March 7, 2016

Business Groups, States, Public Utility Commissioners Agree: Court Must Get Rid Of EPA Emissions Regulation

As Connecting the Dots reported previously, the U.S. Supreme Court halted implementation of the U.S. Environmental Protection Agency’s Clean Power Plan (CPP), which regulates greenhouse gas emissions from existing power plants, while a legal challenge from the U.S. Chamber of Commerce to that regulation is heard and ruled on by the D.C. Circuit Court of Appeals. (MSCI is supporting the suit as part of the U.S. Chamber of Commerce’s Partnership for a Better Energy Future. The Chamber’s position on the case is explained here.) 

At least 11 amicus briefs have been filed with the D.C. Circuit Court supporting the U.S. Chamber’s position. Those briefs include:

  • 34 Senators and 171 Representatives. More than 200 members of Congress filed a brief arguing the EPA does not have authority under the Clean Air Act to issue this regulation.
  • 166 State and Local Business Associations. These 166 state and local business associations, mostly chambers of commerce, represent business interests in 40 different states. The brief explains the companies represented by these associations will bear the brunt of the enormous economic and social disruptions caused by EPA’s new carbon regulations. These state and local business organizations believe that EPA’s “blunderbuss” approach unlawfully compels states, utilities, and suppliers to adopt EPA’s “preferred sources of power and fuel” and to “redesign their electricity infrastructure.” The brief explained that the “rushed,” “centrally-mandated” redesign of the electricity grid will “raise the cost of operations for countless businesses, driving jobs overseas and forcing businesses to close.”
  • Former State Public Utility Commissioners This amicus brief advances some of the same core legal arguments as petitioners, such as that the CPP unlawfully interprets “BSER” to permit beyond-the-source regulation. However, the core focus of the amicus brief is its fairly in-depth discussion of the traditional authority that state PUCs have exercised over electric generation, transmission, rate-setting, grid reliability, etc. The brief concludes that the CPP threatens to dismantle this long-standing regime by “re-ordering” “every regulatory model in use today” for electric generation and dispatch.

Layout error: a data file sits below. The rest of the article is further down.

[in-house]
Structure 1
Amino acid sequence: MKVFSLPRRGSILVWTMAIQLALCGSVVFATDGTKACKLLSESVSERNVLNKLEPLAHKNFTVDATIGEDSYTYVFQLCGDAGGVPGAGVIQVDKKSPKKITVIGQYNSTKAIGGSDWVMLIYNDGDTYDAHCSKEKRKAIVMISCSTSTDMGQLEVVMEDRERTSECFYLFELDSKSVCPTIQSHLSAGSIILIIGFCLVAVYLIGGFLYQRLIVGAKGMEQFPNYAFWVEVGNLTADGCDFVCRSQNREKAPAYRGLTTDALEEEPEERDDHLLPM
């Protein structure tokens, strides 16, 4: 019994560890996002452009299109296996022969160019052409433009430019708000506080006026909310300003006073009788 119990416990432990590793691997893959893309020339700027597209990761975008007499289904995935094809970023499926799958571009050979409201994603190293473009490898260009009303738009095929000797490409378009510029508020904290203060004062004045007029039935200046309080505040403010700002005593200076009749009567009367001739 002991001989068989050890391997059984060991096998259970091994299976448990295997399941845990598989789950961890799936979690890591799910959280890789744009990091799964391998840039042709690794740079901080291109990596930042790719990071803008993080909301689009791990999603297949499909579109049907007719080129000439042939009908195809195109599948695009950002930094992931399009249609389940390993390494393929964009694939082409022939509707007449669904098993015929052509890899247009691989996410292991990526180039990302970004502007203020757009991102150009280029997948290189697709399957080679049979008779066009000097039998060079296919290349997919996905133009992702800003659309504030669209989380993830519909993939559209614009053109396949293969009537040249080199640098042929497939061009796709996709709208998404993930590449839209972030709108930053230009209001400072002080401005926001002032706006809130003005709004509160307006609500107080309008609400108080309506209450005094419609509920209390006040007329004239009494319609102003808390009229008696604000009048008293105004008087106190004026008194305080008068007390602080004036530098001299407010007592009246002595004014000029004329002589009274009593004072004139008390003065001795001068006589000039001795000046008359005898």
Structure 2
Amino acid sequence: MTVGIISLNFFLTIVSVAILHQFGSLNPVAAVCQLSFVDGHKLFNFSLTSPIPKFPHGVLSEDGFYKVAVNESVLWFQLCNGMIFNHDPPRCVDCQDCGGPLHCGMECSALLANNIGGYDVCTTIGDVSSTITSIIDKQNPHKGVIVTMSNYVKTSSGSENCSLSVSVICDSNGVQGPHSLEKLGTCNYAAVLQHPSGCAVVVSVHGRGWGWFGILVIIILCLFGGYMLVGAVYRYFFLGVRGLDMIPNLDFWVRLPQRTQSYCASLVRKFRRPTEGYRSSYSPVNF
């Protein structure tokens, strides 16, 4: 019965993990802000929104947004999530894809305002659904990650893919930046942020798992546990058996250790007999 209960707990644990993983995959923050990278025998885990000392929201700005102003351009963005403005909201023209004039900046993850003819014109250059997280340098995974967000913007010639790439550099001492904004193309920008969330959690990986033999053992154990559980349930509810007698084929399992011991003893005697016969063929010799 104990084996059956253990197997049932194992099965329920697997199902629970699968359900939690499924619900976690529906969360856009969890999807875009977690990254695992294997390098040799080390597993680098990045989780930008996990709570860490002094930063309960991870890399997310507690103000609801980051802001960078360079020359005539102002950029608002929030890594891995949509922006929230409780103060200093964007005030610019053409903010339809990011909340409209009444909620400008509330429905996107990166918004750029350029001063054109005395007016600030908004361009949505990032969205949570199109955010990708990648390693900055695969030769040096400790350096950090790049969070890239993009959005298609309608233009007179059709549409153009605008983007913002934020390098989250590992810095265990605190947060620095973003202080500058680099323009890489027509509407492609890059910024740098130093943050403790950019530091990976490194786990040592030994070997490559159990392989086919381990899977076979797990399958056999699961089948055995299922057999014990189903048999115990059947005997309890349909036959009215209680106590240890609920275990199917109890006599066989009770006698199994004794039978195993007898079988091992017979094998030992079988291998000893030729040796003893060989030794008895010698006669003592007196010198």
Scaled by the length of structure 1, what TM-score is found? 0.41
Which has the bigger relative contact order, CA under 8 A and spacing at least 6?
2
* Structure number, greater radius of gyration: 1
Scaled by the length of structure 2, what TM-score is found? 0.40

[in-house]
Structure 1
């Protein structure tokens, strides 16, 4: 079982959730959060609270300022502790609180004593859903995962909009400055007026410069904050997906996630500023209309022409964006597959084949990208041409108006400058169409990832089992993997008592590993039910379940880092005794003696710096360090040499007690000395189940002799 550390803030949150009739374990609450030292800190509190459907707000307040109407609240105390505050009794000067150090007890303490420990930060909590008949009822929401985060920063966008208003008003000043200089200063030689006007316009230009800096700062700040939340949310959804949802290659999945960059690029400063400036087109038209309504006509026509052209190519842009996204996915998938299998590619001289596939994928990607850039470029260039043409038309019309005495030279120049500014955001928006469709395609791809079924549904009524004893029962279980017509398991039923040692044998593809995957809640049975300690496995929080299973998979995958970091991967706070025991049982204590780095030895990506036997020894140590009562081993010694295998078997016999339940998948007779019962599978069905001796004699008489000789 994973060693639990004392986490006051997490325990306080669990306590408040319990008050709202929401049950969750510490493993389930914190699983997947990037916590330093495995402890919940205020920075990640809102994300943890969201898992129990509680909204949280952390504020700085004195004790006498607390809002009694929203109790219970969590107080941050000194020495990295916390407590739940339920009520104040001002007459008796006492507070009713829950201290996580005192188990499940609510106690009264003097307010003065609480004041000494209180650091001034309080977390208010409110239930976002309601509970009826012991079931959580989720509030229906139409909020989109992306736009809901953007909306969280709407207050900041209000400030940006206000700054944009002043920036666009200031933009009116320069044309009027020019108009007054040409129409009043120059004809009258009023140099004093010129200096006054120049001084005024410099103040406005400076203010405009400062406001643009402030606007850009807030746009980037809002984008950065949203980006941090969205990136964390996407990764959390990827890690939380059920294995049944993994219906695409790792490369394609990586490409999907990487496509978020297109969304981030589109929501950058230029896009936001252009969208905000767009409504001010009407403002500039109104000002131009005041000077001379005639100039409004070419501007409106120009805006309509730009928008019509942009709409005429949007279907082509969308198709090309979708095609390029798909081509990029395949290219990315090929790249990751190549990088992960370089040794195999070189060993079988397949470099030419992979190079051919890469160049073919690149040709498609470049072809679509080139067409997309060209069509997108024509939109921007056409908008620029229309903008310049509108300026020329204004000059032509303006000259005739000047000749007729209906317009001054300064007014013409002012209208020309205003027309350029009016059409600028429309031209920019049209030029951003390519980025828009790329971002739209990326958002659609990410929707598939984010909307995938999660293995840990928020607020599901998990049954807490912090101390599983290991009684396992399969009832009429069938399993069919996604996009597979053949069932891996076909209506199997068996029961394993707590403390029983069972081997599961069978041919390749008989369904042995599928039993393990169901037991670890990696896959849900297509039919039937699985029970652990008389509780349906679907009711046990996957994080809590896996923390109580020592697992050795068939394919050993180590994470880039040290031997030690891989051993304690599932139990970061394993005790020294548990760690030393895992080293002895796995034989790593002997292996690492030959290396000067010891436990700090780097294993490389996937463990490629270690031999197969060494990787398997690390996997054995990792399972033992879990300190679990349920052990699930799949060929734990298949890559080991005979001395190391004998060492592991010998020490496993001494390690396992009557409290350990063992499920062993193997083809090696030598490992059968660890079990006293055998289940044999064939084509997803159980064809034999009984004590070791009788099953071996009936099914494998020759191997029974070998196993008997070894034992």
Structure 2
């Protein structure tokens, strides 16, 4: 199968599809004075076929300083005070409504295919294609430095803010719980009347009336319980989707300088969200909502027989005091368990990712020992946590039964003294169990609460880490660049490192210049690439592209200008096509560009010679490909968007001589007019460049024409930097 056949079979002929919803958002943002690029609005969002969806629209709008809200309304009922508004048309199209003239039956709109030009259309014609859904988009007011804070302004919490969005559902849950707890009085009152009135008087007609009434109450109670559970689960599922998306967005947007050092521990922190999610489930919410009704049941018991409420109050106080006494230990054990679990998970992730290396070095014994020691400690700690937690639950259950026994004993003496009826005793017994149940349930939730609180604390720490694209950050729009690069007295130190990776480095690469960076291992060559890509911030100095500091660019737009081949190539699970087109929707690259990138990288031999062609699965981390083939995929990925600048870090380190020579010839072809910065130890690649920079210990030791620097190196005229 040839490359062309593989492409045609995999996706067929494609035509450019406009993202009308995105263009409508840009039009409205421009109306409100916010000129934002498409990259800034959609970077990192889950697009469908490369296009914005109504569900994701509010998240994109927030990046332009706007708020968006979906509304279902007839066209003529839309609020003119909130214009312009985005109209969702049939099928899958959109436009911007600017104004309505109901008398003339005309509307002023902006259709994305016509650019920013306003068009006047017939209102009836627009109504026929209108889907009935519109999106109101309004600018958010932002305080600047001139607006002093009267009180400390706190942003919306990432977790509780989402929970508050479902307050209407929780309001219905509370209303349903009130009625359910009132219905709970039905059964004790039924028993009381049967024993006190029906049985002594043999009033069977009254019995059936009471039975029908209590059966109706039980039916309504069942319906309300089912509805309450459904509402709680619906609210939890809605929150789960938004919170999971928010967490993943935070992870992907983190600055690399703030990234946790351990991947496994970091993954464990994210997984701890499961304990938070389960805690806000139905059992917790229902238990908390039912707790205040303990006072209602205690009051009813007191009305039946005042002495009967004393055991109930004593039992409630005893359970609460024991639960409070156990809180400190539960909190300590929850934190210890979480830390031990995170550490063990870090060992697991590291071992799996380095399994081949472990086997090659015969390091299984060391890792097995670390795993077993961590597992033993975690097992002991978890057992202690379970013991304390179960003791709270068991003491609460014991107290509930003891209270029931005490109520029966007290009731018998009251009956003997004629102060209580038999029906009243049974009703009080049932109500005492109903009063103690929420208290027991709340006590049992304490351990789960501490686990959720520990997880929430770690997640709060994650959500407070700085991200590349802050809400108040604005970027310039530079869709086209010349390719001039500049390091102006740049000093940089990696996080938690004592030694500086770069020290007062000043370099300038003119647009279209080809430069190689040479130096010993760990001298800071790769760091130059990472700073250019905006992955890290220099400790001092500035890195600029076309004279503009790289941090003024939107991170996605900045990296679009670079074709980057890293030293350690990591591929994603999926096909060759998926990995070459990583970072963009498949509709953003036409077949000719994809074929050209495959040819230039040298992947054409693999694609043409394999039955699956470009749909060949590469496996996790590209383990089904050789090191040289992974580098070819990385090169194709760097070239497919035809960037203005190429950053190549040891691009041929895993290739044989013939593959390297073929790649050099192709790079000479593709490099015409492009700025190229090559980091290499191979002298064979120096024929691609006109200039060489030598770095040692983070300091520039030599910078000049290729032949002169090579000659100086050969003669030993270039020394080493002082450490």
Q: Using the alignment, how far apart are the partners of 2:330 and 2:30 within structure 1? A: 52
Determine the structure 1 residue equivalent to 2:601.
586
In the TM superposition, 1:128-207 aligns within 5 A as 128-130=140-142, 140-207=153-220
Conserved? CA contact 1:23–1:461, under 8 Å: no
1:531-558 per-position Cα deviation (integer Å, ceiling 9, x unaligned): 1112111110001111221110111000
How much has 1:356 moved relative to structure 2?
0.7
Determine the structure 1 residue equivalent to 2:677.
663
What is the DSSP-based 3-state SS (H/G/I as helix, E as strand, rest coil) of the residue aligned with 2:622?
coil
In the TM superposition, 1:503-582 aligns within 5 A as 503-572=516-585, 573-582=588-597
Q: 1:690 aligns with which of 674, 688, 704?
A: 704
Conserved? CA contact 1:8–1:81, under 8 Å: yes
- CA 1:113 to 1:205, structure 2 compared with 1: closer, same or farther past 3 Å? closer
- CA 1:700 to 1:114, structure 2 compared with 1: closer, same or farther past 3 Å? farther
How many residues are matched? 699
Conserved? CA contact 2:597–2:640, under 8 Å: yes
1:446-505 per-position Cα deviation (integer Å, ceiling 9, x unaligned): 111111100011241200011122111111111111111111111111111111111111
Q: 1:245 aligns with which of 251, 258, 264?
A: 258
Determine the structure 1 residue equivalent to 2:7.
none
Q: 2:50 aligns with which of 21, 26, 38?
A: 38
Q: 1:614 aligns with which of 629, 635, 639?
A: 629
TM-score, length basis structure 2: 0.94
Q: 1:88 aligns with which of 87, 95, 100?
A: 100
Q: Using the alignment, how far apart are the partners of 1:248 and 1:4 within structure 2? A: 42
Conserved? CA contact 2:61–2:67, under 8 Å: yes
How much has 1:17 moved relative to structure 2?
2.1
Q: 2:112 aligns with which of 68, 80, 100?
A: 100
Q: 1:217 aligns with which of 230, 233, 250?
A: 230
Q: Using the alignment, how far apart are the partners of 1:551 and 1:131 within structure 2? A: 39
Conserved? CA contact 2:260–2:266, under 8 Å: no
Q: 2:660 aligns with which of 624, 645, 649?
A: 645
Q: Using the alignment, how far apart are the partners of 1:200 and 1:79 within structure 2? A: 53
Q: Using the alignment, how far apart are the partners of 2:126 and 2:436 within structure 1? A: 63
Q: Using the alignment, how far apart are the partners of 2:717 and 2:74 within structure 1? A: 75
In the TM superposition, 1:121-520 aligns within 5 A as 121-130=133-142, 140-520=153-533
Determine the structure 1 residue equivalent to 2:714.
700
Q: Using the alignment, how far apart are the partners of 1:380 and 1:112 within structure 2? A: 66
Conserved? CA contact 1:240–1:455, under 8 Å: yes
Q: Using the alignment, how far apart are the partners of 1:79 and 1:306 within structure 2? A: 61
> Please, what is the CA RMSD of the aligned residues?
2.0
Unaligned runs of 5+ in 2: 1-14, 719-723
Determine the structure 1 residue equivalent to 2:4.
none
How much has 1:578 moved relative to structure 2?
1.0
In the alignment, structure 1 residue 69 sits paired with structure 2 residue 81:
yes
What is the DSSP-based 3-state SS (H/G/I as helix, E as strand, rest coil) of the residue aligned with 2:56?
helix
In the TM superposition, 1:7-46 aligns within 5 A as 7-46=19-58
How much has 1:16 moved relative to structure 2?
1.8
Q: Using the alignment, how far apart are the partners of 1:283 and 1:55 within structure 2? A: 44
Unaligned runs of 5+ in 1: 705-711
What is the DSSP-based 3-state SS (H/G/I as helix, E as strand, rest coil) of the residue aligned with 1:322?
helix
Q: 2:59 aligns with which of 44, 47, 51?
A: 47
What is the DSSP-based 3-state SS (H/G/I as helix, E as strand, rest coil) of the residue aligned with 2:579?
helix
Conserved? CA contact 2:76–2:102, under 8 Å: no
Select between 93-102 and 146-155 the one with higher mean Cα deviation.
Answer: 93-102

• 60Plus Association, Hispanic Leadership Fund, National Black Chamber, et al. This brief argues the CPP will disproportionately harm women, minorities, and seniors in low-income and fixed income families. Essentially, the brief argues that the CPP will lead to price increases for electricity consumers, and low-income and fixed-income families are the most vulnerable to even small price increases because of the disproportionate percentage of their income devoted to energy needs. The brief also argues that EPA's programs to promote investment in low-income communities fall short of what is needed to protect these communities.
  • State of Nevada and Consumers' Research. With this amicus brief, the total number of states that have challenged the rule through litigation now jumps to a remarkable 28 states. The brief echoes arguments made by petitioners that EPA lacks statutory authority to set performance standards for existing sources; that authority, the brief argues, rests with the States. The brief also argues that the rule “undermines democratic accountability” by “obscur[ing] the lines of sovereign authority and democratic accountability”: by forcing state officials to adopt EPA's preferred policies, the CPP makes it difficult for citizens to “disentangle which state laws … to attribute wholly to state officials” as opposed to EPA and other actors. 
  • Municipal Electric Authority of Georgia. The brief touches on a host of issues, from the lawfulness of EPA's generation-shifting authority, to the impact of the rule on Georgia's “low-income and minority communities” served by the utility.
  • Joseph S. Daleo, et al. This amicus brief by a group of thirteen scientists and economists raises science-based arguments. In short, amici argue that the carbon dioxide “endangerment finding” has been “invalidated” by “better” science, and that EPA's “judgment on climate science should no longer be trusted by the courts.” The brief asks the court to “pause all CO2 related regulations until temperatures start rising for a few years.”

The D.C. Circuit will hear oral arguments in the Chamber’s case on June 2, 2016.